Descending down the other side of the crest towards the confluence took me through fields of corn, which seemed to be the favoured home of both stick insects and big, nasty looking spiders. It was 5:40 p.m. when I eventually found the spot, at an elevation of 661 metres. My GPS was registering excellent accuracy of 6 metres. It was getting late, so I didn't muck about, and quickly shot the regulation north-south-east-west photos.
To the north, above the confluence, was a farmhouse (visible in the photo), and it was to this that I now headed, with the dual goal of: a) getting something to drink; and b) finding out if there were a better, hopefully considerably quicker, route back to Zhongxing. I succeeded on both counts.
There was an old guy visiting the farmhouse at that time, whose own home was on the way back towards Zhongxing, and he kindly led me most of the way back. When we reached the turnoff to his home, I thanked him and bid him farewell. Zhongxing was now clearly visible in the valley, and it was easy to follow the path the rest of the way.
En route, I came across a couple of guys with long-barrelled muskets, who, with the help of their dogs, were intent on wiping out what little birdlife might still remain in the area. Further still down the path, I came across an area devoted to raising silkworms. At this stage in the season, the silkworms had all already matured to the cocoon stage.
It was a bit after 7 p.m. when I finally arrived back in Zhongxing, just as the light was beginning to fade. The manager of the hotel where I'd left my bag seemed certain that there would shortly be another bus passing by on its way back to Chongqing, so I grabbed my bag and waited patiently on the roadside in my sweat-drenched clothes.
I waited for nearly two hours, by which time it was well after dark, and my faith in the hotel manager had steadily eroded. But he remained adamant, and sure enough, a big Chongqing-bound sleeper bus finally rounded the corner. I jumped out to stop it, but once it stopped I was greeted with the bad news that it was already full. The ticket seller said there'd be another bus along soon that did have some spare bunks. Although I was more than a little sceptical, there wasn't much else I could do but go back to waiting.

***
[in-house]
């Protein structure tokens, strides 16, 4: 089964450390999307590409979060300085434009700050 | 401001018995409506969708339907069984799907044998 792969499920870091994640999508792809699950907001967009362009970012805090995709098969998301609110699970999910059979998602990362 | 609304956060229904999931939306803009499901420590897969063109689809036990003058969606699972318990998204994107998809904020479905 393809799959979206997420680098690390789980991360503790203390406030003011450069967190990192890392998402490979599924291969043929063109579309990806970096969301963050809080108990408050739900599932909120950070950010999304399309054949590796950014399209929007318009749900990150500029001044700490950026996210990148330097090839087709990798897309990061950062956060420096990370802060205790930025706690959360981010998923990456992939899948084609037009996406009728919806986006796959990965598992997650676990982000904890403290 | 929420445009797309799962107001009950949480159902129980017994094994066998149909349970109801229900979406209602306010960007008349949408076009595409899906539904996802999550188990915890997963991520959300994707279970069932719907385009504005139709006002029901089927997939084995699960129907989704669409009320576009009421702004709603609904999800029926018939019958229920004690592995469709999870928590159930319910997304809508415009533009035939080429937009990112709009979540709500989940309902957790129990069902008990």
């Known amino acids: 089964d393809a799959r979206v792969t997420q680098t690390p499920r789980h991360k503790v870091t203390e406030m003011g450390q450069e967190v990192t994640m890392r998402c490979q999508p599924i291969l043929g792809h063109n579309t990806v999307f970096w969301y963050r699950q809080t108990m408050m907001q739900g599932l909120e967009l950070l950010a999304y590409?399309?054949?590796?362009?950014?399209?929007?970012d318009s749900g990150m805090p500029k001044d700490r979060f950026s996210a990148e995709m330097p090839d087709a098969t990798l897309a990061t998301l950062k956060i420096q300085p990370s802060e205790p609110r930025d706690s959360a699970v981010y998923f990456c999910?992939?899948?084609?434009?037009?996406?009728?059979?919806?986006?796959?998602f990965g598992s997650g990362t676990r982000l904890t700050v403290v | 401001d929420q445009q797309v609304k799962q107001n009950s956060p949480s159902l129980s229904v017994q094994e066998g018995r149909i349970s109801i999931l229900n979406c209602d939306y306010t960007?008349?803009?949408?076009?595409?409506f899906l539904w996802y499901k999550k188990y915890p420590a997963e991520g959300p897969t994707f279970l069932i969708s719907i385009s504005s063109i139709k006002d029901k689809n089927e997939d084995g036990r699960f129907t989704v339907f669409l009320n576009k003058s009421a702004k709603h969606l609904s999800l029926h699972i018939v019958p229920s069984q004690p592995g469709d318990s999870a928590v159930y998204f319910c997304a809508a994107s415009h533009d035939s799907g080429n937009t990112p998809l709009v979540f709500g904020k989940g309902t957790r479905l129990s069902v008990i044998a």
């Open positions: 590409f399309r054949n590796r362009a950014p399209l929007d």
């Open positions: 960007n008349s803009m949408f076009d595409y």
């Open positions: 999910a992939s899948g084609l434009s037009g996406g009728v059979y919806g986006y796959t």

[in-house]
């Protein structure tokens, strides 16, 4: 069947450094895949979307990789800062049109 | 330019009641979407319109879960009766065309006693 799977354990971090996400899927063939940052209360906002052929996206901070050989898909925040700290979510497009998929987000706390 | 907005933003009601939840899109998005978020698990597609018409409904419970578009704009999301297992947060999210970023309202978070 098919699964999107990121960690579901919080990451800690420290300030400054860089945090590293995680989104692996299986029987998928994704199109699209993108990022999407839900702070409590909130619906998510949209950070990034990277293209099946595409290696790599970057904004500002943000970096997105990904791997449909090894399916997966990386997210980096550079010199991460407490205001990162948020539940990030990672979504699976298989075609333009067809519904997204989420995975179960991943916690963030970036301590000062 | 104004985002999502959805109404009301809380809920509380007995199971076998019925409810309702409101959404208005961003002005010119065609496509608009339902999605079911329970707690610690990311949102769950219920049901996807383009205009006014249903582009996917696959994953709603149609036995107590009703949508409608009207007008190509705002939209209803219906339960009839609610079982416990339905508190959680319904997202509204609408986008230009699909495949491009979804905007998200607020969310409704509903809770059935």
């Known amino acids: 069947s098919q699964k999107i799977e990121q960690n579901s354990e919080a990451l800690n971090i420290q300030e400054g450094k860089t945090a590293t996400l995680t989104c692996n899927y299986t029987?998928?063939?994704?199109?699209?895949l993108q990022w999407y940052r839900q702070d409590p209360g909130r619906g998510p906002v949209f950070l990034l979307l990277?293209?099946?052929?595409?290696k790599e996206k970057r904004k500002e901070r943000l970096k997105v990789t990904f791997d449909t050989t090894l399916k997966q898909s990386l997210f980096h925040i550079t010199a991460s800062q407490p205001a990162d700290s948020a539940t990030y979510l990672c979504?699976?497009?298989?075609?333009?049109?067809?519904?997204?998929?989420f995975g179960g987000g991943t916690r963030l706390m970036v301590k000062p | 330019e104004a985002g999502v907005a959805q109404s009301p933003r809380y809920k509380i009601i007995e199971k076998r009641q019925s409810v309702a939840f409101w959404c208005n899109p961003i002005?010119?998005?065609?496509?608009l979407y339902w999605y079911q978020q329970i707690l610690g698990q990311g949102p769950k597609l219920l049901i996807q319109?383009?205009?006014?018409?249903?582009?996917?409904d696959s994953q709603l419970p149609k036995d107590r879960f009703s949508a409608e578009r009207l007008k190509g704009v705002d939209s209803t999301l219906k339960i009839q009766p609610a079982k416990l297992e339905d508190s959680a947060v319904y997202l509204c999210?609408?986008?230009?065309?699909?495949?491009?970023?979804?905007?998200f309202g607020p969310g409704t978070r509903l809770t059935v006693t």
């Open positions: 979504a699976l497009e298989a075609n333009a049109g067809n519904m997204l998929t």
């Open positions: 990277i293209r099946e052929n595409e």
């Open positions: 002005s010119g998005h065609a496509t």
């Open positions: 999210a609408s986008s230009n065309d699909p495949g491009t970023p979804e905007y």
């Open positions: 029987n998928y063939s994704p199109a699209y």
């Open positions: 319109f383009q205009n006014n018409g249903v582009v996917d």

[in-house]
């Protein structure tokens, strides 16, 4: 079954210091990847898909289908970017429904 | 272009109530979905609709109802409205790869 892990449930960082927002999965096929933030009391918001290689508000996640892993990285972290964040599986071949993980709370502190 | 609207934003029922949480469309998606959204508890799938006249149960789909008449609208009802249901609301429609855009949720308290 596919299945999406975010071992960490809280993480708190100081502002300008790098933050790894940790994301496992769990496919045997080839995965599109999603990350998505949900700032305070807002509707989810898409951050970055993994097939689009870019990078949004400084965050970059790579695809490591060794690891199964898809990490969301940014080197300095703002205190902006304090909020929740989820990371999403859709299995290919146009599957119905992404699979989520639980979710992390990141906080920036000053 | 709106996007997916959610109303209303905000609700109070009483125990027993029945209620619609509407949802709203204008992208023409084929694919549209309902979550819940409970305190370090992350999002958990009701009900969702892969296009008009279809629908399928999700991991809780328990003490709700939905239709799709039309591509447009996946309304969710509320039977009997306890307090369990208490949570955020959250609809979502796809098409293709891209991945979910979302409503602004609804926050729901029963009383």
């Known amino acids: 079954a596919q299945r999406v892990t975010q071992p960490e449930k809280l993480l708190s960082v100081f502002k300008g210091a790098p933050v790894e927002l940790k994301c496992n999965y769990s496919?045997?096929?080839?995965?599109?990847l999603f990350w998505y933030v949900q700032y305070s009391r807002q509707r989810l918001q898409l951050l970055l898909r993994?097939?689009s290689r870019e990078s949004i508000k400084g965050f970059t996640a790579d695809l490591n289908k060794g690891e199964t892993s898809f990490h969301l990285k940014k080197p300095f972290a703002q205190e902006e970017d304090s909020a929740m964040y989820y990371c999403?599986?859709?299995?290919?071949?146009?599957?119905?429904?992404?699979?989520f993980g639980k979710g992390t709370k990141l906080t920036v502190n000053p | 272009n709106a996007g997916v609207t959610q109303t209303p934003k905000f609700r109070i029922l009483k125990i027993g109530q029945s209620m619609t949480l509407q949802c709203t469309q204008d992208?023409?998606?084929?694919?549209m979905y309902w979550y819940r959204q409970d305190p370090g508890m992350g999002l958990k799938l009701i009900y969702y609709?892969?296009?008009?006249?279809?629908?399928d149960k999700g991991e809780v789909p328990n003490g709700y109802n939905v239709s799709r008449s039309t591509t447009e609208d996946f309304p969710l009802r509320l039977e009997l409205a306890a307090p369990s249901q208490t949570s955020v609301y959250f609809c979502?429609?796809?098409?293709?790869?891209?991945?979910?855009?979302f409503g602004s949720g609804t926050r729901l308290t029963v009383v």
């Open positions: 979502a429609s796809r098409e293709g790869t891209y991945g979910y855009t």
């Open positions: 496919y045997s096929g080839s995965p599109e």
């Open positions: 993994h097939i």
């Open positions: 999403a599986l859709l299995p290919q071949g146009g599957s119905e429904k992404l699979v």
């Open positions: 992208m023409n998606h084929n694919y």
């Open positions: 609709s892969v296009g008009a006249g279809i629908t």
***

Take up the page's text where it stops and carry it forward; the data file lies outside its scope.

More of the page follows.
Just as I turned away from the bus to resume my roadside vigil, the ticket seller called back to me to get on! He'd decided to give me the small fold-down seat in the middle of the front of the bus next to the driver, the one normally reserved for the ticket-seller himself. I was ecstatic. The seat offered a great view.
As we hurtled down the dark road through sleepy towns, dogs, chickens and people scattered in all directions. At one point my heart was in my mouth when a tiny kitten suddenly appeared in the bus headlights right in front of me. There was no way the bus could take any evasive action, other than to just straddle the poor thing. If it remained frozen in terror in the middle of the road, and didn't try to make a last-minute dash for it, then hopefully it would have survived with at least some of its nine lives still intact.
Perhaps it was the cat, but shortly thereafter we suffered some bad luck, when the bus broke down, and we had to stop for repairs. We'd been stationary for about an hour when the following sleeper bus that the ticket-seller had mentioned earlier arrived on the scene. The ticket-seller put in a good word for me ("He's already paid his fare."), and I was allowed to switch buses, affording me my own bunk. I was able to get a little bit of sleep before we finally arrived in Chongqing at 3 a.m., whereupon I hopped straight out of the bus and into a taxi for the short ride to the Chongqing Fandian (ChungKing Hotel).
Story continues at 29°N 116°E.